July, 2012

Protect files brief in Tupper Lake suit

Protect the Adirondacks has submitted a lengthy reply brief in its lawsuit against the Adirondack Club and Resort in Tupper Lake. Protect is responding to the claims of the Adirondack Park Agency in its answer to the suit. Among other things, Protect contends the project violates regulations for lands classified as Resource Management, the APA’s strictest zoning category for private property. Protect also reasserts that the APA staff conducted illegal negotiations with the developers and that the agency approved the project without requiring a wildlife study beforehand. We haven’t had time to read the brief in its entirety, but those >>More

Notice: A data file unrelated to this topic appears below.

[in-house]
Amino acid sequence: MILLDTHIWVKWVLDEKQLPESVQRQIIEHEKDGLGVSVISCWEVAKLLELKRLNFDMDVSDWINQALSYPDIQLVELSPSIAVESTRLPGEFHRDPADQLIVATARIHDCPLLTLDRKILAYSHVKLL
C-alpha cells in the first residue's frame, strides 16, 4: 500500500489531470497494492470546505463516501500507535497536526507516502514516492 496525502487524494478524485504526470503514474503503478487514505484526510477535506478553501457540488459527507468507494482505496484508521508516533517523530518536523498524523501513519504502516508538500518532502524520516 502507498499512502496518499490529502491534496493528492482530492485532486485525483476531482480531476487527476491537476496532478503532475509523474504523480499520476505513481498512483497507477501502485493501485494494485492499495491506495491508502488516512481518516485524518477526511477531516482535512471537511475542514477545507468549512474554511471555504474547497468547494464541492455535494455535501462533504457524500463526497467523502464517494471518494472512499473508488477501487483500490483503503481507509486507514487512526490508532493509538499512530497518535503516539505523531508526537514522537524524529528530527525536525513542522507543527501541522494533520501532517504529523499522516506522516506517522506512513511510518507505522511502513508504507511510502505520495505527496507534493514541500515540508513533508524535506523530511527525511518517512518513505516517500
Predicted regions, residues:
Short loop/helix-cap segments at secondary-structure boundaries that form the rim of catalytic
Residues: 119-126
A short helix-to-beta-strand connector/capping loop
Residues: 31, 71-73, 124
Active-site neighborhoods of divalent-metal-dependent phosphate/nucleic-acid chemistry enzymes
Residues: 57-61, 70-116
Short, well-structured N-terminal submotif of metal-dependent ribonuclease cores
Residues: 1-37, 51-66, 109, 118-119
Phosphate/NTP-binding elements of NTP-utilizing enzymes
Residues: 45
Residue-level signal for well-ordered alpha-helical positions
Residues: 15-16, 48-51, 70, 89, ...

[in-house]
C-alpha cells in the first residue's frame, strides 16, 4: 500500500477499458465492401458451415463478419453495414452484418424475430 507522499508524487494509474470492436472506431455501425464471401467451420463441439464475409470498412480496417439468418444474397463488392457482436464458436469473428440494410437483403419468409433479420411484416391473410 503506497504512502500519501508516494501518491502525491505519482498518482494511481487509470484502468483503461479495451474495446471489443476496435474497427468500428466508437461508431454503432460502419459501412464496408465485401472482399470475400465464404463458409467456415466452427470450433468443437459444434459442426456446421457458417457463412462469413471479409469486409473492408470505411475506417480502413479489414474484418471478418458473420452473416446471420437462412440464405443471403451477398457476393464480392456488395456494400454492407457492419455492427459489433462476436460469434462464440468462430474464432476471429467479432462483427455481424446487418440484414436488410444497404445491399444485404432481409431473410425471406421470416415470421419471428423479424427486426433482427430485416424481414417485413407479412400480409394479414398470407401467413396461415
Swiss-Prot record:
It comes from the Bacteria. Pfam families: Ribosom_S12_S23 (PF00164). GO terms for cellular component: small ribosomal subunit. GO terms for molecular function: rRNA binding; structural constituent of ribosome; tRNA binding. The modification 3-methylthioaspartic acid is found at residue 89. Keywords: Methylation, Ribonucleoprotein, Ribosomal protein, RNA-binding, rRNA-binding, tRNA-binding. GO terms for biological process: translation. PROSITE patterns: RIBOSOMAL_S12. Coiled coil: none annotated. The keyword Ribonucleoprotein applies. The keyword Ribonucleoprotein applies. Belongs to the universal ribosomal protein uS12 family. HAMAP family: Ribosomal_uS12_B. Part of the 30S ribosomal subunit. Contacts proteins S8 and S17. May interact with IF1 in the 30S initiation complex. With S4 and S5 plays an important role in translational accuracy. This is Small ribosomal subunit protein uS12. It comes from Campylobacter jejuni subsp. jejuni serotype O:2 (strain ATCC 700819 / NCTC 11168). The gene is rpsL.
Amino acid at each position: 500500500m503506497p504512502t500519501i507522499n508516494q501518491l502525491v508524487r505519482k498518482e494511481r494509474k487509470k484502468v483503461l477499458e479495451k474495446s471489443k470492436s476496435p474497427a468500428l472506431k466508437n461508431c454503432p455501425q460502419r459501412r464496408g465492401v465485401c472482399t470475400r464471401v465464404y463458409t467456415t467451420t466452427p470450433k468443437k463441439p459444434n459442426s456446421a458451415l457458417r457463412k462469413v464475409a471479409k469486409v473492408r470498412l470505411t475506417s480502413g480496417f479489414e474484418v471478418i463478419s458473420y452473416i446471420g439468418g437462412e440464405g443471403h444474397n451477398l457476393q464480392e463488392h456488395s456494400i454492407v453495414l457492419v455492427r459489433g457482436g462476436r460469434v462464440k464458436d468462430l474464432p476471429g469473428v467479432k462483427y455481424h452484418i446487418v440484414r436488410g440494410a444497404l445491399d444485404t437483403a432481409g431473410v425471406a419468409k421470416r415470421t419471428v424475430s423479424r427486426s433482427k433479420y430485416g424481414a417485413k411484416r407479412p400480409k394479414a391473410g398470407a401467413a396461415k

July, 2012

Adirondack Invasive Species Awareness Week

We all need to learn more about the ecological risks posed by invasive species. There is no better time than next week, when the Adirondack Park Invasive Plant Program will be coordinating a series of activities to raise awareness of the problem. Following is a news release from the organization. Groups across the region are sponsoring fun and educational activities July 8-14 during the 7th annual Adirondack Invasive Species Awareness Week. Invasive Species Awareness Week provides an opportunity for communities to highlight the threats of invasive plants and animals and for residents and visitors to learn ways to prevent and >>More


July, 2012

DEC to reconstruct popular boat launch